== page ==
When in-system programming is to be performed, the device is clamped onto and signals are forced on pins RB6/CK and RB7/DT via lines 156 and 157. As this is being done, the programming voltage may be fighting against some other driver of the system which is seeking to force a different voltage onto the same pin. According to this aspect of the invention, electrical isolation of the programming pins and voltages from the system (and vice versa) is achieved by connecting a resistor of appropriate value in each affected path, such as 160 and 161. This connection is made to the respective pins by the user before initiating the in-system programming, and then removed. Alternatively, resistance devices might be supplied on the applicable pin-outs of the device. In any event, the suitable arrangement is characterized in the appended claims as means adapted for enabling isolation, which also encompasses a bare pin where such isolation for in-system programming is intended or recommended.
The effect is to force the required programming voltage onto the device side to the left of line 150, through an effective, yet simple isolation technique which keeps the system side from being affected (and vice versa). It may happen that pin RB6/CK is also driving a motor 163, for example, within the controlled system. It would be undesirable in these circumstances for a voltage to appear at point 165, so it would be appropriate in addition to forcing the two pins RB6/CK and RB7/DT, when clamping on the system, to also force point 165 to zero voltage. The resistors will isolate these points (165 and 166) and not affect the rest of the system as the programming voltages are being applied for in-circuit programming of the microcontroller device.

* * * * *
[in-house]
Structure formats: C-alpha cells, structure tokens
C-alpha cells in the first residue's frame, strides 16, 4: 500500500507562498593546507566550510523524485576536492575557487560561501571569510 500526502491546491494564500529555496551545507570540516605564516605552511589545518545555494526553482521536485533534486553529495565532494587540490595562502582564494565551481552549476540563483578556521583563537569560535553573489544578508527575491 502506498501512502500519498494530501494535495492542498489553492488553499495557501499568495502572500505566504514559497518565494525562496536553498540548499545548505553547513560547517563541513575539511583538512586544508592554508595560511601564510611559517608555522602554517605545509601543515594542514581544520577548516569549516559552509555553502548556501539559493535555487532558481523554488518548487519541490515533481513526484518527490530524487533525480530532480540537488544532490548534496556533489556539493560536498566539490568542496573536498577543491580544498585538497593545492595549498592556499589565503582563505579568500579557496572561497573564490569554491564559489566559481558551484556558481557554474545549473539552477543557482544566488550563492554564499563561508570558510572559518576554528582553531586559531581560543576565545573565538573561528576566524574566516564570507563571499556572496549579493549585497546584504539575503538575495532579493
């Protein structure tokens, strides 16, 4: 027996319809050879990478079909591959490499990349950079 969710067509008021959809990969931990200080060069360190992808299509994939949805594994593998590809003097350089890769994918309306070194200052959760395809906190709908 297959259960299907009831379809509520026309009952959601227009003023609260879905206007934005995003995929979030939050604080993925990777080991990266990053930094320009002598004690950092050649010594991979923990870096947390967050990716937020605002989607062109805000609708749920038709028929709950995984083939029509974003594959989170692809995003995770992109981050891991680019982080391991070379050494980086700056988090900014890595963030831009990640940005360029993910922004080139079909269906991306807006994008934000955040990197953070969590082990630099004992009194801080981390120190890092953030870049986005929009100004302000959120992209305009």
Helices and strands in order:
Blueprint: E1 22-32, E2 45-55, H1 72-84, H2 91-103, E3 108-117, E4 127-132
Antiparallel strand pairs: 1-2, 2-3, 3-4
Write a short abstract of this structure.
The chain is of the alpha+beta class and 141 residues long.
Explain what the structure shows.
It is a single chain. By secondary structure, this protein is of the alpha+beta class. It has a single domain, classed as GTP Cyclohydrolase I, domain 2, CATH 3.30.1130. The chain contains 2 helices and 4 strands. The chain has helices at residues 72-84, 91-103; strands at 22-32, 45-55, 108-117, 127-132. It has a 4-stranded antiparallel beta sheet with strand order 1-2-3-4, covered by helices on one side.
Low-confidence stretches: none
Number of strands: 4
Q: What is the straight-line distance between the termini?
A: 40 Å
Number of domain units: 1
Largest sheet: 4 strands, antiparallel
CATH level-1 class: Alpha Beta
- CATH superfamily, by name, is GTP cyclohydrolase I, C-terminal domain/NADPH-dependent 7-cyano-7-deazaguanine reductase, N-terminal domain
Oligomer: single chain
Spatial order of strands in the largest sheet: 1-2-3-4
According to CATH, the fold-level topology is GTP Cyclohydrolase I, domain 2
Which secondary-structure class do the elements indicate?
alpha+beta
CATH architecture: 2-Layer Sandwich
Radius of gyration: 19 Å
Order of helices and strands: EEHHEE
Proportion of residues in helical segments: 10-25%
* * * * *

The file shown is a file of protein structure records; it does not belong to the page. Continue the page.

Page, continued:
This isolation technique could become complex if, instead of two or three pins, it were necessary to connect electrical resistances or other isolation circuitry for twelve pins. However, with but a few pins involved the isolation is achieved quickly, and precludes any materially adverse effect on the performance of the system while the in-circuit programming is taking place. After the programming is completed, the isolation means is removed.
By way of further example, if in another portion of the system a different device 170 is being driven, and the insertion of a resistor in that line would be unacceptable because a very high speed signal is involved, or for some other reason, then a satisfactory solution is simply to drive that device with a different I/O pin, such as RBX. Hence, in virtual every instance an acceptable solution is available to avoid measurable or significant impact on the system.
Although a presently preferred embodiment of the invention has been illustrated and described in the foregoing specification, it will be apparent to those skilled in the relevant field that variations and modifications may readily be implemented without departing from the true spirit and scope of the invention. Accordingly, it is intended that the invention should be limited only by the appended claims and the pertinent rules of applicable law.
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|U.S. Classification||711/103, 708/231, 710/14, 365/52|
|Aug 31, 1992||AS||Assignment|
Owner name: MICROCHIP TECHNOLOGY INCORPORATED A CORPORATION
Free format text: ASSIGNMENT OF ASSIGNORS INTEREST.;ASSIGNORS:ALLEN, RAY;MITRA, SUMIT;DRAKE, RODNEY;REEL/FRAME:006260/0240
Effective date: 19920831